SMEs are important stakeholders in innovation not only because of their number and economic contribution, but because they stand to gain the most from innovating.
More importantly, existing local SMEs can be critical in the incubation of new technologies or knowledge because they are frequently locally owned and “stick” to a region. New start-up companies on the other hand are often forced to relocate offshore to acquire new venture capital or access new markets. Established SMEs that are innovative will be seeking to acquire complementary assets rather than to establish operations from scratch, and are increasingly becoming an important driver of national innovation.

Trend 6 –Value Chains are coming to the fore in innovation policy

The value chain, first popularized by Michael Porter in 1985, refers to a network of activities, connected by linkages that are performed by an organization to design, produce, market, deliver and support its products and services. As corporations have become less vertically integrated, adopted open innovation, and embraced globalization, most value chains today cross organizational boundaries and consist of many firms, loosely linked but interdependent on each other.

Value chains are a useful model to describe how a product or service is developed and ultimately utilized. When a value chain lacks transparency, or is fragmented, or perhaps does not yet exist (for instance, in a new emerging industry sector), the commercialisation of new ideas can stall and innovation can be stifled because small firms find themselves unable to offer fully integrated products, or unable to access markets on their own.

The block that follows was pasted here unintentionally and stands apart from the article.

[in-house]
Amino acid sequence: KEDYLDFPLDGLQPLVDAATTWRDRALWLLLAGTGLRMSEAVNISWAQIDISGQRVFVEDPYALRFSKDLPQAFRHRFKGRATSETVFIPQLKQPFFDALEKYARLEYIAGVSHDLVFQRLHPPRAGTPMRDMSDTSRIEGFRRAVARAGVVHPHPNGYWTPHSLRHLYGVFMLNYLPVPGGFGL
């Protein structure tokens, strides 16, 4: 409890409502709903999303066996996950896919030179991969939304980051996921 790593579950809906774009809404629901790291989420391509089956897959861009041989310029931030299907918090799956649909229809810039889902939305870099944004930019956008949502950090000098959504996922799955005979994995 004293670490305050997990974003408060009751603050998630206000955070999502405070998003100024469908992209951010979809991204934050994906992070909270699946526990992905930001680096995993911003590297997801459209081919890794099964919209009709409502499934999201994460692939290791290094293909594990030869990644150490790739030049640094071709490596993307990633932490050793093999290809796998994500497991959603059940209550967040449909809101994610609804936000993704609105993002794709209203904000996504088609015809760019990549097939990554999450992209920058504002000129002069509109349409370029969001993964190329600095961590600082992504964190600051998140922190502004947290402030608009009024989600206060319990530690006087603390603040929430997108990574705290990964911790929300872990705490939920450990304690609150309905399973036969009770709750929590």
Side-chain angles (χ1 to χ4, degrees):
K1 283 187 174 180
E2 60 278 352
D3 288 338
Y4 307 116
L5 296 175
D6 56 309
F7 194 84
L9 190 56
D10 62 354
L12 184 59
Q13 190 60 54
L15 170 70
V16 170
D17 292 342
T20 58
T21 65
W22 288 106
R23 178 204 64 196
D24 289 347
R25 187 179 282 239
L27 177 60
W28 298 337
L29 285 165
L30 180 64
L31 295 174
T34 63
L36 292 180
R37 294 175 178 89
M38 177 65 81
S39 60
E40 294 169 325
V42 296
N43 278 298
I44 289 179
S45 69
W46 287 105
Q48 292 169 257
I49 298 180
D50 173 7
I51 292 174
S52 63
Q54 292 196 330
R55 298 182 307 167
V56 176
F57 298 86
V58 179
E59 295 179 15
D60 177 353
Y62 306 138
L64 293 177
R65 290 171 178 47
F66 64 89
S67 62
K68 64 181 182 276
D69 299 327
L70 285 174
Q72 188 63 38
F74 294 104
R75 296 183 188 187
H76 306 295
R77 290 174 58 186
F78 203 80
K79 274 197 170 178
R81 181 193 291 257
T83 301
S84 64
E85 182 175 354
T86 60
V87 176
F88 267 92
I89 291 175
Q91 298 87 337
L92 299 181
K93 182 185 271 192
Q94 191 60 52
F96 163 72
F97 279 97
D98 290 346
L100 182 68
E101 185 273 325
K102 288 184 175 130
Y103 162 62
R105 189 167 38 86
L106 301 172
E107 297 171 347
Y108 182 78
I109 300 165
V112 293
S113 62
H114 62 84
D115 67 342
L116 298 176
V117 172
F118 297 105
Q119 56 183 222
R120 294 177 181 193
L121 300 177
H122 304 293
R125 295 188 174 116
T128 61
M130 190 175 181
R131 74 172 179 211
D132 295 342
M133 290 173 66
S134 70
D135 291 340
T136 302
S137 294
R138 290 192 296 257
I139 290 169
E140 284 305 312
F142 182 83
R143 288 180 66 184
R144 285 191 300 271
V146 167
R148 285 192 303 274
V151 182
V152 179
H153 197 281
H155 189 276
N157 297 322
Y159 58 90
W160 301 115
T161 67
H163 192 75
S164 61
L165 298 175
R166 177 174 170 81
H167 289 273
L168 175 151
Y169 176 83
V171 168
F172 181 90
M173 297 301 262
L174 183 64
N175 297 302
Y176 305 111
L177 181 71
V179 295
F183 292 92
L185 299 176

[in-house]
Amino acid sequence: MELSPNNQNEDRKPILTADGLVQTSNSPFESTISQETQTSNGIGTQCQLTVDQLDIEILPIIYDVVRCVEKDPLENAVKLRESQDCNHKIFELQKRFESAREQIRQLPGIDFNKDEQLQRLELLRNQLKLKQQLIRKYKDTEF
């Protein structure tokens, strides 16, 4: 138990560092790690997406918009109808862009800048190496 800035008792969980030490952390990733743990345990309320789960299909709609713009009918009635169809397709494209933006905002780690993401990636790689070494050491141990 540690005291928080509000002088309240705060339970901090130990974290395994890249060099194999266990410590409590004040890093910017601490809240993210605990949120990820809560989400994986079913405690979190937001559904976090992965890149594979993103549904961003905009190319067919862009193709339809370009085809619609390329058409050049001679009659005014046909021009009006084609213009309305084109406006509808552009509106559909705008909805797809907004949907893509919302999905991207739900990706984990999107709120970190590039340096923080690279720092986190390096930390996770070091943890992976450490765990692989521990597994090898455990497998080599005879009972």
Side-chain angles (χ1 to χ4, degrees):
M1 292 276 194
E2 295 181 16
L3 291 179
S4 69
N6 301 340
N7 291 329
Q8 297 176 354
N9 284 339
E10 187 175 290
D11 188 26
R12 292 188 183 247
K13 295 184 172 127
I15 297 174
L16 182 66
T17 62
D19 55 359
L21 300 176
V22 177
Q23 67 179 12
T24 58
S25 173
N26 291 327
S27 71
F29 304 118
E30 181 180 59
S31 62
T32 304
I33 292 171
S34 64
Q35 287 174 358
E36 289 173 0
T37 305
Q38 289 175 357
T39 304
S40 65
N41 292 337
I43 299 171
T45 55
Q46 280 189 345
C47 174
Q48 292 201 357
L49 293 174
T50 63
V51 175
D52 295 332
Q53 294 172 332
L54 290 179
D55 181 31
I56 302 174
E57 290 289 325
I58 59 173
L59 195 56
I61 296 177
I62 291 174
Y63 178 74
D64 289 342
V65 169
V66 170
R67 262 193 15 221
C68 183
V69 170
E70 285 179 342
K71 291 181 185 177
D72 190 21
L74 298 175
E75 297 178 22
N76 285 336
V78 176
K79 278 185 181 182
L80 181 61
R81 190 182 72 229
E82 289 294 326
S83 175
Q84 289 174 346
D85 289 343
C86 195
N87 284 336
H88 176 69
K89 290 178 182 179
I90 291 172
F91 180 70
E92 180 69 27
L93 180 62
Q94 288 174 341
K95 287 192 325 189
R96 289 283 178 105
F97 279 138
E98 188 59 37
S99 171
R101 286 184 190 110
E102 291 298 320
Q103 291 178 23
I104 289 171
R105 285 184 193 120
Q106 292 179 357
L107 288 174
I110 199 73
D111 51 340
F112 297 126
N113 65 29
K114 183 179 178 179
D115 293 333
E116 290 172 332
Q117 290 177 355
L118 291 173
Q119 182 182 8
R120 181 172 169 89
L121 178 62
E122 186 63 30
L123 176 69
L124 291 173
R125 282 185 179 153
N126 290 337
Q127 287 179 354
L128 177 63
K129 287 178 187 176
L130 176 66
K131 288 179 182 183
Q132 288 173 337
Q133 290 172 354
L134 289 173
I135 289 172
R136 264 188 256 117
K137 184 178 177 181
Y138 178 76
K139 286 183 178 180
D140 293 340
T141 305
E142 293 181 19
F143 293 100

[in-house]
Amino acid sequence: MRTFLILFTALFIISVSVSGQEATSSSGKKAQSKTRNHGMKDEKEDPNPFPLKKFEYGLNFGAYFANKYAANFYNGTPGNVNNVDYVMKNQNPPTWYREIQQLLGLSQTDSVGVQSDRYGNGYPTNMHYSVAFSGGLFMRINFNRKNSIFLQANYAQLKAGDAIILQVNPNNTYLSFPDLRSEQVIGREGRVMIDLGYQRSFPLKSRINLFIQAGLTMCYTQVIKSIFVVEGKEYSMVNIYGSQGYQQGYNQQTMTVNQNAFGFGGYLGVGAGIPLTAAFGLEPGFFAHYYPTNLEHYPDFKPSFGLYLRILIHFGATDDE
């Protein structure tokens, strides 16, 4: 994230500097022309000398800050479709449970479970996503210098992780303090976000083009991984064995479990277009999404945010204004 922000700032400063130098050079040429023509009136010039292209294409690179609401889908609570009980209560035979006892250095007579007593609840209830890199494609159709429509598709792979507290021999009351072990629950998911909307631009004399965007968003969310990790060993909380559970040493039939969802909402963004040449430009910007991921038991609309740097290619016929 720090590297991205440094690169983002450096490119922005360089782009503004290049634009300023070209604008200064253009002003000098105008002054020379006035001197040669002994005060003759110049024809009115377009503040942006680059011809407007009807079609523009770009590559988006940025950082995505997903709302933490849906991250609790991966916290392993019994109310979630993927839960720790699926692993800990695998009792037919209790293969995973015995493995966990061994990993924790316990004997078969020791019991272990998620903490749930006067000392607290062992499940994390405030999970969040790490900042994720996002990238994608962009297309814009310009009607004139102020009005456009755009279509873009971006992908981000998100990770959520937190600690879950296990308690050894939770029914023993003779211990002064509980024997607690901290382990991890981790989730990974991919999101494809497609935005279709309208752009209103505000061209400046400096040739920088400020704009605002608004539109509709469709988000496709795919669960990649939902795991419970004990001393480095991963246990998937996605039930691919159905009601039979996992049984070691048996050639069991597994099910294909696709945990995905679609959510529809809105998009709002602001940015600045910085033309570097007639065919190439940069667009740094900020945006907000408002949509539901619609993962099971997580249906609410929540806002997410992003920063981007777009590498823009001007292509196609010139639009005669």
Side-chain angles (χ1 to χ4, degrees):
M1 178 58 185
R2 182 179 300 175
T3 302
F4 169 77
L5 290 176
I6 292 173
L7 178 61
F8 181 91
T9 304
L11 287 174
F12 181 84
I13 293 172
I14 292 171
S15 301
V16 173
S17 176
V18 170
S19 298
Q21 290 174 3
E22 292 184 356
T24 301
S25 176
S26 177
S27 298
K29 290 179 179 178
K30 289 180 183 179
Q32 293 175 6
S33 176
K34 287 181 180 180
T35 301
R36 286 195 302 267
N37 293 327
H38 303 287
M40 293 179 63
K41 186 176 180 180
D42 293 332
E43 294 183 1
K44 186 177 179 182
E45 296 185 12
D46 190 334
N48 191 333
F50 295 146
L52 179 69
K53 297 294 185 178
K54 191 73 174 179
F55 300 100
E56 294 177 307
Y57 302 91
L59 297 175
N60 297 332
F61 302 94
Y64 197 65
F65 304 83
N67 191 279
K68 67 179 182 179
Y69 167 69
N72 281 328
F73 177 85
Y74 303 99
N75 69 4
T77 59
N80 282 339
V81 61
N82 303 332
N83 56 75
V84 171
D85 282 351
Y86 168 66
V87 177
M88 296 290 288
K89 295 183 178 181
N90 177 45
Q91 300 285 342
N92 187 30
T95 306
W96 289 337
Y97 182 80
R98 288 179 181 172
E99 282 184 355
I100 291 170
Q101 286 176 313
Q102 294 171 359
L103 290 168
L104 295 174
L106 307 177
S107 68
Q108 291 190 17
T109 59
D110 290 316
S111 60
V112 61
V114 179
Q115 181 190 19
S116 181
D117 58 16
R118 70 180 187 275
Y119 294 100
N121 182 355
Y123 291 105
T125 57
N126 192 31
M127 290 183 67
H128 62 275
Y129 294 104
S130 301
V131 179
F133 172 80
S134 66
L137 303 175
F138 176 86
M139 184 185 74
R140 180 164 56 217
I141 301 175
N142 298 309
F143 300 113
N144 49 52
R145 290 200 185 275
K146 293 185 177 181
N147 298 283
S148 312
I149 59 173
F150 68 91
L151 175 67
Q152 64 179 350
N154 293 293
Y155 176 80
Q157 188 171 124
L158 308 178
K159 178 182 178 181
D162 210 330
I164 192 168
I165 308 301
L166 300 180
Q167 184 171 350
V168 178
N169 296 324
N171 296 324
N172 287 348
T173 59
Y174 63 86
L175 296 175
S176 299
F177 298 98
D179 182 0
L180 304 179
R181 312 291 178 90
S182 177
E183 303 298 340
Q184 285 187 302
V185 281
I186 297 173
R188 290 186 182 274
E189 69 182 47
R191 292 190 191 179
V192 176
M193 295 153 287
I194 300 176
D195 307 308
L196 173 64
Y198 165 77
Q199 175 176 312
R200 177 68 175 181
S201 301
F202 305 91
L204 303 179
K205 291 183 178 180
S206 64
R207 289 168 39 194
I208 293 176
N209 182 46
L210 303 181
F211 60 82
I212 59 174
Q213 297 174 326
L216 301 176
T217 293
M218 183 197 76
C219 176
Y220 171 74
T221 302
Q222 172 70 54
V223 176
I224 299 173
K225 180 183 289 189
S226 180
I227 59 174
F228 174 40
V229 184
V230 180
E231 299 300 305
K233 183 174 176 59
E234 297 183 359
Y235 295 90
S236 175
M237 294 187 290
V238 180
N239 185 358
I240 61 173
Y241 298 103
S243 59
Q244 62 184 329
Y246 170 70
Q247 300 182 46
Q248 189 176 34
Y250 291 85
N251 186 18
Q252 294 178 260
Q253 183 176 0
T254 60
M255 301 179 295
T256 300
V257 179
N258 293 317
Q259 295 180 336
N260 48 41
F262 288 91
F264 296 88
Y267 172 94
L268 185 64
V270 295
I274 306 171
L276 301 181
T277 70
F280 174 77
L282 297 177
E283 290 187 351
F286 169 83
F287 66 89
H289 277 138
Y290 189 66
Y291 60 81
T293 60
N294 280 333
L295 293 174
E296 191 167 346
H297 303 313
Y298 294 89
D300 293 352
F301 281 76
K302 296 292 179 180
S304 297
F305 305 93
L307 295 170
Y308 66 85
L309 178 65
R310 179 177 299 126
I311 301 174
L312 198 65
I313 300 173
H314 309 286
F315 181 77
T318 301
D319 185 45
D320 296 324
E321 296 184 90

Value chains in existing or emerging industry sectors can be restored, reorganized or assembled through a structured, facilitated process pioneered through AIC TechClinics. Case studies of the process exist for companies in industries as diverse as energy, mining, tourism, and agriculture.

Value chains have long been overlooked by government innovation programs, which usually focus only on the “firm”, rather than on where and how the firm fits within a more extended value chain. However, all firms need “complementary assets” to achieve successful market penetration. The AIC expects the value chain to feature more prominently in future innovation policy. If innovation is all about “serendipitous connections” and subsequent collaboration, then TechClinics can help to engineer these.

Trend 7 –The Social Sciences are becoming involved

Innovative solutions are needed to address pressing national problems. Although such solutions will inevitably involve a technological component, the barriers that prevent the innovation reaching the market are frequently non-technological in nature e.g. regulatory delays, lack of standards, ethics, or community acceptance.